Biomedical Research

Research Article - Biomedical Research (2018) Volume 29, Issue 2

Effects of voluntary wheel running exercise on learning and memory function of young mice and related mechanisms

Objective: This study is to investigate the effects of appropriate exercise on learning and memory function of mice, and the related mechanisms involving PAI-1 and miRNA (miR)-30b.

Methods: Mice were subjected to the voluntary wheel running exercise training for 8 m. Morris water maze test was performed to assess the animal learning and memory function. Quantitative real-time PCR was conducted to detect the mRNA expression levels, while Western blot analysis and ELISA were used to determine protein expression levels. Bioinformatics analysis and dual-luciferase reporter assay were used to predict and confirm the up-stream regulator of PAI-1.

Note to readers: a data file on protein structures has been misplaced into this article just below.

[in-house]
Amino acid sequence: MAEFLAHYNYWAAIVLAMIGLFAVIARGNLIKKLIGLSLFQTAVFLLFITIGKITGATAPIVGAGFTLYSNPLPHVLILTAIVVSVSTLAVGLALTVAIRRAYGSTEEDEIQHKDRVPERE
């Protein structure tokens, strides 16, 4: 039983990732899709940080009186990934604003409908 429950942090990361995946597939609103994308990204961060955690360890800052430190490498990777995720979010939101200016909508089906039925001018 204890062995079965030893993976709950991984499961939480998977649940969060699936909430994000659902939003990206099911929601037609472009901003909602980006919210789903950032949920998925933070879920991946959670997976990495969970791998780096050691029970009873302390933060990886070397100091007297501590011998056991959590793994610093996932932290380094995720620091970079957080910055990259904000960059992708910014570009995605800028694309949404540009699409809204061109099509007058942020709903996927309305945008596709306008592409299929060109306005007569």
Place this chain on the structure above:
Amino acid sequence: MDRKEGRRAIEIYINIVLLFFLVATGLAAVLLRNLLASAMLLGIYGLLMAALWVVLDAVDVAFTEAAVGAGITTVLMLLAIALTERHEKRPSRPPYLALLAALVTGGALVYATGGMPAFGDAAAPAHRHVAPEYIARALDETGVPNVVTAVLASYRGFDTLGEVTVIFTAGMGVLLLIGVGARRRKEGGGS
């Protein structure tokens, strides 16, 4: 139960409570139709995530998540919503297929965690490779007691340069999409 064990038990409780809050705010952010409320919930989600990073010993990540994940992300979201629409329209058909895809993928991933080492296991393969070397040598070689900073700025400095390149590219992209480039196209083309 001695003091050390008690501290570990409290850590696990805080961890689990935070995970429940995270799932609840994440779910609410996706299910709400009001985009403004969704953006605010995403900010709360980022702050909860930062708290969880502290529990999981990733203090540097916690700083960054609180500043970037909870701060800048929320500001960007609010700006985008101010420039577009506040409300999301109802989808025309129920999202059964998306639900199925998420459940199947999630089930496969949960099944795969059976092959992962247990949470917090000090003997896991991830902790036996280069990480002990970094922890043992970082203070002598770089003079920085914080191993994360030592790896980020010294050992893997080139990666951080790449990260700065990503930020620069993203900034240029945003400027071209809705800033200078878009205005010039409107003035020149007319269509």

Results: Morris water maze test showed that, compared with the control group, the escape latency was significantly declined in the exercise group. The swimming distance was significantly declined, while the platform crossing number was significantly increased, in the exercise group. Quantitative real-time PCR and Western blot analysis showed that, compared with the control group, the mRNA and protein expression levels of PAI-1 in both the hippocampus and plasma were significantly declined in the exercise group. According to the bioinformatics analysis, miR-30b might be the up-stream regulator of PAI-1, which was confirmed by the dual-luciferase reporter assay. In addition, compared with the control group, the expression levels of miR-30b in both the hippocampus and plasma samples were significantly elevated for the exercise group.

Conclusion: Appropriate amount of exercise might contribute to the improvement of the mouse learning and memory function, which might involve the up-regulated miR-30b expression and down-regulated PAI-1 expression in the hippocampus and plasma.

Author(s): Bo Peng, Si Chen, Dingxuan Wang

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